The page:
I would like to express my sincere gratitude to the Puerto Rican Cultural Center and Senator Durbin for inviting me to this memorable event.  The memory will live with me forever.

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Thousands throng 33rd Annual Puerto Rican People’s Parade Gov. Pat Quinn and New York State Assemblyman José Rivera Special Guest

Posted on 07 September 2011 by alejandro

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This year’s 33rd annual Puerto Rican People’s Day Parade was dedicated to the greening of Humboldt Park. The theme “Verde Que Te Quiero Verde” drawn from the Spanish poet Federico Garcia Lorca, was intended on calling attention to the efforts of creating a sustainable green greater Humboldt Park community.
Gov. Pat Quinn and New York State Assemblyman José Rivera joined local leaders such as Ald. Roberto Maldonado, Angel “Tito” Medina, Casa Puertorriqueña, State Rep. Antonia “Toni” Berrios and State Rep. Luis Arroyo.
One of the most salient aspects of the parade itself was the paper mache likeness of Puerto Rican Political Prisoner Oscar López Rivera, which hovered over the float of the National Boricua Human Rights Network.

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Ricardo Alegría 1921-2011: The Man Who Made it “OK”to be Puerto Rican

Posted on 07 September 2011 by alejandro

As a kid growing up in the deep campo of Vega Baja bordering Morovis, I read   in marvel Ricardo Alegría’s newspaper articles on the Tainos and other tidbits of Puerto Rican culture. Long before telephone lines ever got to the isolated campo, waiting for these articles become something to do, as I fantasized that one day I would become an anthropologist. This was way before I would interview Professor Ricardo Alegría at the Centro de Estudios Puertorriqueños for my doctoral thesis. That thesis would become Sponsored Identities: Cultural Politics in Puerto Rico (1997), a critical exposé of the Institute of Puerto Rican Culture and the official cultural policy Alegría helped found. A product of the times, my book was informed by a renewed criticism on the cultural essentialisms that limited an assessment of more popular expressions of Puerto Ricaness, including the Puerto Rican diaspora’s Nuyorican culture, which was quickly becoming my own.

As we mourn the loss of this titan of Puerto Rican anthropology, it is worth recalling the historical conditions of the ‘50s and ‘60s and early 1970s that made Alegría’s work so powerful and necessary and him such an influence on generations of scholars, students, artists and activists. See, way before it was fashionable to openly love Puerto Rican culture in Puerto Rico, and politically acceptable to waive flags and even to play folk instruments and music, the island was enveloped in an aggressive U.S. assimilationist policy intended to Americanize Puerto Ricans, rip them of their language and of any pride or knowledge of their history and culture.

To be openly proud of being Puerto Rican was to be an “independentista” or “nacionalista” and to be ostracized and run the risk of not getting government jobs and contracts. My interviews with cultural activists associated with the Institute of Puerto Rican Culture showed that many of them had been victims of political profiling simply on account of their cultural work. One showed me his carpeta (FBI file) that described his “subversive” activities: playing Puerto Rican folk music at church. That he played the “cuatro,” a four-string guitar now recognized as a beloved national instrument, was noted as evidence. This is the obscure political context to which Alegría’s work became such a powerful rejoinder.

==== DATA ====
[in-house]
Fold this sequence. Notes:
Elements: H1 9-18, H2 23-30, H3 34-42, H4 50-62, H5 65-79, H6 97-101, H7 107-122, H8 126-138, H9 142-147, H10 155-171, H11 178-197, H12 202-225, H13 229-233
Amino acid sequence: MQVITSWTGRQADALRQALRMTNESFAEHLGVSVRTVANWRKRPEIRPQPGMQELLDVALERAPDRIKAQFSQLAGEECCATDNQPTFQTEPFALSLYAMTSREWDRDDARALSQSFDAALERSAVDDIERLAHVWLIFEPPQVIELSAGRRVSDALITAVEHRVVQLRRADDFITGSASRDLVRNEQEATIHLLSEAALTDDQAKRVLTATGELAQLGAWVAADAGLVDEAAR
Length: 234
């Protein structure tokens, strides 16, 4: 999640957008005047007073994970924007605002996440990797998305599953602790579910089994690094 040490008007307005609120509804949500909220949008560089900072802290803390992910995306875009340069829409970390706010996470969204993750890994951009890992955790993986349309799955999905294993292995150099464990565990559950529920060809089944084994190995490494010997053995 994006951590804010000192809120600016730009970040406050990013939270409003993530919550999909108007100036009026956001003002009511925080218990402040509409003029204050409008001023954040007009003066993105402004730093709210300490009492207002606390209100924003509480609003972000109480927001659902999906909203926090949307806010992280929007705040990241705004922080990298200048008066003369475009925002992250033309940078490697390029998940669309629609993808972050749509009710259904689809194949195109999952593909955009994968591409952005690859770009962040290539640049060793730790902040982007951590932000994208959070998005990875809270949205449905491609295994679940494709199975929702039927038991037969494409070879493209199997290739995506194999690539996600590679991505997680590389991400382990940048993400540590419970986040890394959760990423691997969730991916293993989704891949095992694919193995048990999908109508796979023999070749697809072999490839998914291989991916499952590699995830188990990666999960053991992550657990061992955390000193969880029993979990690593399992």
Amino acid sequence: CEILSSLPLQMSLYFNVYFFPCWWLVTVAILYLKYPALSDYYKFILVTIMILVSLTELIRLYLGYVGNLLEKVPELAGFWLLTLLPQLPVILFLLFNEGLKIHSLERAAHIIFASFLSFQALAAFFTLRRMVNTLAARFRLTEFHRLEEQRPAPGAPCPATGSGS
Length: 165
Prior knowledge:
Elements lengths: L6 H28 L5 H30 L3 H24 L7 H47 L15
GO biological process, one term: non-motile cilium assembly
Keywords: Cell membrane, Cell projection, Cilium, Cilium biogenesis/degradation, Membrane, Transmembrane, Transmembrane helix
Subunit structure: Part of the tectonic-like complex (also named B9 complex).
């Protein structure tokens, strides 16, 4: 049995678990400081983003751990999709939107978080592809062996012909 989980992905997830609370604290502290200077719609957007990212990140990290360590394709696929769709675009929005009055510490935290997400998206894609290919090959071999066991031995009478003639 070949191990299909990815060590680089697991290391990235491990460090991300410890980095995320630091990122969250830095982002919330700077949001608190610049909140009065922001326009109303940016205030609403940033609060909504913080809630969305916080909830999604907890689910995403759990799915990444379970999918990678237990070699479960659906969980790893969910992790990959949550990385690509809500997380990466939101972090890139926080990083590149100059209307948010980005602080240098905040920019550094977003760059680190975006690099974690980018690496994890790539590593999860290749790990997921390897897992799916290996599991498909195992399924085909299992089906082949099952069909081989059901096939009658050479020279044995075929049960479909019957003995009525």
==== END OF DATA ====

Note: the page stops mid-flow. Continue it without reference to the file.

Working with the first locally elected governor of Puerto Rico, Luis Muñoz Marin, Alegría helped found the Institute of Puerto Rican Culture (ICP) in 1956, which he led for over eighteen years. From there he helped launch a revival of all things Puerto Rican through festivals, activities, museums and cultural centers celebrating Puerto Rican culture, especially the island’s Jibaro (peasant) culture and the Taino.

It would take decades before the ICP would fully venture into the island’s African legacy, though it featured in the renewed ICP appreciation for Bomba y Plena music and the Festivities of Loiza Aldea. Since, scholars have rightfully noted that Alegría’s cultural nationalist project was also part of a larger cooptation of nationalism that neutralized its most radical components, placing it at the service of the colonial commonwealth government. Others, myself included, exposed the essentialist views of Puerto Rican culture that became “officialized” through the many preservation and cultural projects promoted, and the elitism bred when some aspects and representations of Puerto Rican culture are considered more ‘authentic’ than others. But these critiques stand on ground that was paved through hard won struggles that need to be also be appreciated, especially in their greatest achievement: the generalized appreciation and popularization of Puerto Rican culture, a culture that had long been shamed and purposefully persecuted on the island